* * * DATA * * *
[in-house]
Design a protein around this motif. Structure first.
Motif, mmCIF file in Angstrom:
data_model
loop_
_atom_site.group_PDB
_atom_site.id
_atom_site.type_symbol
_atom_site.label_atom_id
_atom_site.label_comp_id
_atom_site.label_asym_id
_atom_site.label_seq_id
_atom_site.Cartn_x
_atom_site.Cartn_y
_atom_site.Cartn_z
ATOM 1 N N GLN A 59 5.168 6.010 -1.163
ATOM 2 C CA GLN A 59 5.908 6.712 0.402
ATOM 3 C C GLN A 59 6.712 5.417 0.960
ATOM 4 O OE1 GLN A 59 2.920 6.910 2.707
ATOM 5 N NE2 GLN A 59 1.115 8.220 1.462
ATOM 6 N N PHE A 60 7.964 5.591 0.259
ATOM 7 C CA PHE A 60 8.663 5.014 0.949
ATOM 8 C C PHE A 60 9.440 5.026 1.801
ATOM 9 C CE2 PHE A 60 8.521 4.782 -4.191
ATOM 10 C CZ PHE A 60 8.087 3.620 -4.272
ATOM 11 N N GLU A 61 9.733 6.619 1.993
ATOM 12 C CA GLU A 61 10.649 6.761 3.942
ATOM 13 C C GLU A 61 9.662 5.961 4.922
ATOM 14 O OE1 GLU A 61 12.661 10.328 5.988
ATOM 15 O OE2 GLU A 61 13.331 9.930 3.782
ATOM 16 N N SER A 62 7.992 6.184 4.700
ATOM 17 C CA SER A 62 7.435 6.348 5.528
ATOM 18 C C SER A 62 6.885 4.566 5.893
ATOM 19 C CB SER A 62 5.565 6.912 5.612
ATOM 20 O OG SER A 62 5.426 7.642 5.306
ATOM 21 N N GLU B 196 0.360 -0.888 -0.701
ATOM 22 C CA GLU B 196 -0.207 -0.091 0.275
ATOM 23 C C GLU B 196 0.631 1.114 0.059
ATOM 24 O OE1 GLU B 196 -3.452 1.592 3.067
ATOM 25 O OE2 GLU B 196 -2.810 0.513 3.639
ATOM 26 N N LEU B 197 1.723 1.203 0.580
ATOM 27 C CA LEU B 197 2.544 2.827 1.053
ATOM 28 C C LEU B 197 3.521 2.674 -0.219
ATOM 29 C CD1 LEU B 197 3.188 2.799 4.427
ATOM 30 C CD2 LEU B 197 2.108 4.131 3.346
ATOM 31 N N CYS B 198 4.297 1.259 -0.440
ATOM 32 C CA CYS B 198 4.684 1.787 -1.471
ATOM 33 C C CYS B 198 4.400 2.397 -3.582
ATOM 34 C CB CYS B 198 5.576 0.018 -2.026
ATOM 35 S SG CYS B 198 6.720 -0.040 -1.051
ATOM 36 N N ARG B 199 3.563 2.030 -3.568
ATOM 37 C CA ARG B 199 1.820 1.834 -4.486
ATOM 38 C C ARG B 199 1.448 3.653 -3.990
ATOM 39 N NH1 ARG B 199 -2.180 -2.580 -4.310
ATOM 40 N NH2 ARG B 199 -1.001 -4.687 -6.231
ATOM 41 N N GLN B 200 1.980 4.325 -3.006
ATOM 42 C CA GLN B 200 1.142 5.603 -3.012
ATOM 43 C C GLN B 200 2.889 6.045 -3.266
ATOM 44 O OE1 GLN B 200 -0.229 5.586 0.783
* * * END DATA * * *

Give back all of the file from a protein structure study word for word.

[in-house]
Design a protein around this motif. Structure first.
Motif, mmCIF file in Angstrom:
data_model
loop_
_atom_site.group_PDB
_atom_site.id
_atom_site.type_symbol
_atom_site.label_atom_id
_atom_site.label_comp_id
_atom_site.label_asym_id
_atom_site.label_seq_id
_atom_site.Cartn_x
_atom_site.Cartn_y
_atom_site.Cartn_z
ATOM 1 N N GLN A 59 5.168 6.010 -1.163
ATOM 2 C CA GLN A 59 5.908 6.712 0.402
ATOM 3 C C GLN A 59 6.712 5.417 0.960
ATOM 4 O OE1 GLN A 59 2.920 6.910 2.707
ATOM 5 N NE2 GLN A 59 1.115 8.220 1.462
ATOM 6 N N PHE A 60 7.964 5.591 0.259
ATOM 7 C CA PHE A 60 8.663 5.014 0.949
ATOM 8 C C PHE A 60 9.440 5.026 1.801
ATOM 9 C CE2 PHE A 60 8.521 4.782 -4.191
ATOM 10 C CZ PHE A 60 8.087 3.620 -4.272
ATOM 11 N N GLU A 61 9.733 6.619 1.993
ATOM 12 C CA GLU A 61 10.649 6.761 3.942
ATOM 13 C C GLU A 61 9.662 5.961 4.922
ATOM 14 O OE1 GLU A 61 12.661 10.328 5.988
ATOM 15 O OE2 GLU A 61 13.331 9.930 3.782
ATOM 16 N N SER A 62 7.992 6.184 4.700
ATOM 17 C CA SER A 62 7.435 6.348 5.528
ATOM 18 C C SER A 62 6.885 4.566 5.893
ATOM 19 C CB SER A 62 5.565 6.912 5.612
ATOM 20 O OG SER A 62 5.426 7.642 5.306
ATOM 21 N N GLU B 196 0.360 -0.888 -0.701
ATOM 22 C CA GLU B 196 -0.207 -0.091 0.275
ATOM 23 C C GLU B 196 0.631 1.114 0.059
ATOM 24 O OE1 GLU B 196 -3.452 1.592 3.067
ATOM 25 O OE2 GLU B 196 -2.810 0.513 3.639
ATOM 26 N N LEU B 197 1.723 1.203 0.580
ATOM 27 C CA LEU B 197 2.544 2.827 1.053
ATOM 28 C C LEU B 197 3.521 2.674 -0.219
ATOM 29 C CD1 LEU B 197 3.188 2.799 4.427
ATOM 30 C CD2 LEU B 197 2.108 4.131 3.346
ATOM 31 N N CYS B 198 4.297 1.259 -0.440
ATOM 32 C CA CYS B 198 4.684 1.787 -1.471
ATOM 33 C C CYS B 198 4.400 2.397 -3.582
ATOM 34 C CB CYS B 198 5.576 0.018 -2.026
ATOM 35 S SG CYS B 198 6.720 -0.040 -1.051
ATOM 36 N N ARG B 199 3.563 2.030 -3.568
ATOM 37 C CA ARG B 199 1.820 1.834 -4.486
ATOM 38 C C ARG B 199 1.448 3.653 -3.990
ATOM 39 N NH1 ARG B 199 -2.180 -2.580 -4.310
ATOM 40 N NH2 ARG B 199 -1.001 -4.687 -6.231
ATOM 41 N N GLN B 200 1.980 4.325 -3.006
ATOM 42 C CA GLN B 200 1.142 5.603 -3.012
ATOM 43 C C GLN B 200 2.889 6.045 -3.266
ATOM 44 O OE1 GLN B 200 -0.229 5.586 0.783